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What Might Happen If You Go to Your Chronically Ill Friend's House Unannounced


My phone rings and it’s a family member on the line saying, “Hey, I am right by your house, I am going to stop by and see you!” “Great, of course I want to see you, see you soon,” I say. My heart sinks into my stomach and panic has just set in. When you are chronically ill, it’s hard when someone wants to “stop by.” I have openly shared with all my family and friends – please, if you want to come check on me or pay me a visit, you must give me at least an hour ahead of time. No, it’s not that I am trying to make things difficult for you or make things complicated. This is just an important rule I had to put in place. Also, please don’t think it’s an excuse because I don’t want to see you. It has everything to do with me and very little to do with you.

The truth is, I need some time to put my life in order. One hundred percent of the time I don’t have a bra on, my hair isn’t brushed, I might not have even brushed my teeth yet and its 4 o’ clock in the afternoon. There are things I don’t want you to see.

It’s not that I am hiding things from you. I just rather you not think my life is falling apart, even if there are times that it’s true. You will think differently of me, I know it.

If you come unannounced, not only will you see me a mess, but there’s a large possibility the house is out of order, too. I try my best to never go to bed with dirty dishes in the sink, but if I’m in a flare, that sink might look like no one has touched it in a week. Yes, I have husband but sometimes he is too busy working and trying to take care of me and our dogs.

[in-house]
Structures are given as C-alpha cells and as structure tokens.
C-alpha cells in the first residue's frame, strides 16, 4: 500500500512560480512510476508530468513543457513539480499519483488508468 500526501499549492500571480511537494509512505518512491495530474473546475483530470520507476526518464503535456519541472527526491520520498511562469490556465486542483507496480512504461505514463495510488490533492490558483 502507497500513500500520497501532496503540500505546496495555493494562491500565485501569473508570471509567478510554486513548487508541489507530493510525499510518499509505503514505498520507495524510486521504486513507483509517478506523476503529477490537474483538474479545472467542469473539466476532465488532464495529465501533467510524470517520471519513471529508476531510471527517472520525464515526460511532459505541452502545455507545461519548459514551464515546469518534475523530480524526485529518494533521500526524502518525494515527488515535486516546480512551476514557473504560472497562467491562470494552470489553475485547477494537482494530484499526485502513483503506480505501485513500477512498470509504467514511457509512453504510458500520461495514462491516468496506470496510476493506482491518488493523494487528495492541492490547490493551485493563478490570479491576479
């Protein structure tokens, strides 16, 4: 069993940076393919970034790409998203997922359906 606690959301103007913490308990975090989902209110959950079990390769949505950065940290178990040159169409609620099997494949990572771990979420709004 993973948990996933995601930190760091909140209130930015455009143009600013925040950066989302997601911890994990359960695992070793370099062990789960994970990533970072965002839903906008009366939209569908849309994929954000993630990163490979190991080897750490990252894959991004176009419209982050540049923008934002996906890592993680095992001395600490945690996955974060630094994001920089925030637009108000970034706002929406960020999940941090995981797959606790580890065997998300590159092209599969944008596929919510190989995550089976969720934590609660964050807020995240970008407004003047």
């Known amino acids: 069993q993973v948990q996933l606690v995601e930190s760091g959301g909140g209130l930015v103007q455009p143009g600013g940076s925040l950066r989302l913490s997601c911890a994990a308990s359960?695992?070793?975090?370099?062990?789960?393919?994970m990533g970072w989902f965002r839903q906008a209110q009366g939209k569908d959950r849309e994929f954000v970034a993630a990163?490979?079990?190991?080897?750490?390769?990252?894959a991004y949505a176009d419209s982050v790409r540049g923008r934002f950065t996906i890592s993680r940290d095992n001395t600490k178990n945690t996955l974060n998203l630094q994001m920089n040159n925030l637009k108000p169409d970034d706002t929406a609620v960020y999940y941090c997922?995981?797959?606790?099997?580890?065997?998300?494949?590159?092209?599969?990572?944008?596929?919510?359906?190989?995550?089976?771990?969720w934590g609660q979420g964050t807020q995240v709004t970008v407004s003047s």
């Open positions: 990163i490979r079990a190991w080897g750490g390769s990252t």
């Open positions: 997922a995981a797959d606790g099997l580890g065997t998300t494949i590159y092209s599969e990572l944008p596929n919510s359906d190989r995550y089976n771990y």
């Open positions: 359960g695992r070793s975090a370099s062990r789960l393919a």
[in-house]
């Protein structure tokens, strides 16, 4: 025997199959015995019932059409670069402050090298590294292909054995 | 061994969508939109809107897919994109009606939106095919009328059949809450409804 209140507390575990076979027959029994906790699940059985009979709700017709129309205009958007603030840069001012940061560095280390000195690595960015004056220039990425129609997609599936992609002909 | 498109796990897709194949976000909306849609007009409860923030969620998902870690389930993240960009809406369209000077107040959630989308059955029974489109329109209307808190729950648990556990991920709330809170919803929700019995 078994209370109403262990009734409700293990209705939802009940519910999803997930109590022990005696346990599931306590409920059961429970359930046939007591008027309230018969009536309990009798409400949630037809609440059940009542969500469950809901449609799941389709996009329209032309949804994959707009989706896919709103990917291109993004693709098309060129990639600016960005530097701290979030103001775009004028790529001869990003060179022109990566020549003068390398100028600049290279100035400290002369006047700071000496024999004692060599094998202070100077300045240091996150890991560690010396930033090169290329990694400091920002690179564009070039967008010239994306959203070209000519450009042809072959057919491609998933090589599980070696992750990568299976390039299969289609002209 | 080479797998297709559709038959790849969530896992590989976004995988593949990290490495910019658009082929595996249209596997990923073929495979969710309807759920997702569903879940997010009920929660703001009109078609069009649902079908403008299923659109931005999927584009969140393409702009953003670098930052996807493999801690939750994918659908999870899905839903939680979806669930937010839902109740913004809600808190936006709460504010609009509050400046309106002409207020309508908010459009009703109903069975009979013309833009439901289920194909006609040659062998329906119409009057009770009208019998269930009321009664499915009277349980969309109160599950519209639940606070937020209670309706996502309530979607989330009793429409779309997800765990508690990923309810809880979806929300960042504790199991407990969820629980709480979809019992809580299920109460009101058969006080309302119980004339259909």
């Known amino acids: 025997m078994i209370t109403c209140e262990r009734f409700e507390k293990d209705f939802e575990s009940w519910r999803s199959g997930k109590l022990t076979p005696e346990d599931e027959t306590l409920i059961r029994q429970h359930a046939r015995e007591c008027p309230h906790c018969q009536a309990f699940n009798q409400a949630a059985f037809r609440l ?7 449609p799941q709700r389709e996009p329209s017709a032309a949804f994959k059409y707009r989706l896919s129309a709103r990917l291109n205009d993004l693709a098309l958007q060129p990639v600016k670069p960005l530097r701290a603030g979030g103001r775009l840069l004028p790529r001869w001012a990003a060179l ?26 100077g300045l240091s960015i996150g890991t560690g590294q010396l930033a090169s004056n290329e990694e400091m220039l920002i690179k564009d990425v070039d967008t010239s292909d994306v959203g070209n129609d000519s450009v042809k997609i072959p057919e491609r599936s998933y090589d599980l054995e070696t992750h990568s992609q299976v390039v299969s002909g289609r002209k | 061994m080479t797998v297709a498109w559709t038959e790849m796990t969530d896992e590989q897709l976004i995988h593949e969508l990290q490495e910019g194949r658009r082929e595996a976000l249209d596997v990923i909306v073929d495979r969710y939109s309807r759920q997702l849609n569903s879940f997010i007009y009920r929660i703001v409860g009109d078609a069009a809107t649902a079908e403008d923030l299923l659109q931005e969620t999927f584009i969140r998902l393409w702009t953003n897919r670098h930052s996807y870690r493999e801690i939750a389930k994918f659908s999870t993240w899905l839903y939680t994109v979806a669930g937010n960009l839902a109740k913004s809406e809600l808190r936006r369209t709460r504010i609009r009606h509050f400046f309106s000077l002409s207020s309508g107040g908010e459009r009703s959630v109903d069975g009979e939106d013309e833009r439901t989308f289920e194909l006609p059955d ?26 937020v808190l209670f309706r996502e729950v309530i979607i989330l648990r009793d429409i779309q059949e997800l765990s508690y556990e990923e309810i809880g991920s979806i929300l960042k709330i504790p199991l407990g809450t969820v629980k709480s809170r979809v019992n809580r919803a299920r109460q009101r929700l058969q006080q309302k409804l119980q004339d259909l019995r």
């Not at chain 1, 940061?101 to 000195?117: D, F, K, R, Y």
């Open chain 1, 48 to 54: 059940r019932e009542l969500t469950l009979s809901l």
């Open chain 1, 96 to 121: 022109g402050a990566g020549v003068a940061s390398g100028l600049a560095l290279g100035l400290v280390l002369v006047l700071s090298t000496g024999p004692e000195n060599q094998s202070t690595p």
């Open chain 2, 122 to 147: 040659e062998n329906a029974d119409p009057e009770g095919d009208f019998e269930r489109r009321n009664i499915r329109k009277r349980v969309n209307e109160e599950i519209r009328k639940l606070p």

There might be to-go cups I haven’t thrown away because I’m in too much pain to move. Empty water bottles and things everywhere.

You might question why I’m sitting in the dark. I don’t even have the TV on and I’m just sitting here in silence. You are going to worry and think I am depressed, which I might be.

No, it’s not always like this. But it happens often. I am not thriving, and some days are harder than others. There are days when I don’t have the energy to shower or wash my hair.

I simply don’t want you walking in on this. I don’t want to see your judgment written all over your face. I don’t need it. It will get done. Things will go back to “normal,” but not today. The important thing to understand is that my body constantly fluctuates, so does my living conditions. If I feel good, the house is great. If I am flaring it’s best you don’t come over.

You will always find my bedroom door closed. Why? Because on a bad day, I didn’t have the energy to make my bed. My nightstand looks like a crash cart at a hospital, and the image will cause you to worry. I don’t need nor want anyone to worry about me. And I know if I saw this at someone’s home, it would cause me to worry. What you won’t understand is that it doesn’t look “normal” to you but unfortunately this has become a large part of my new normal.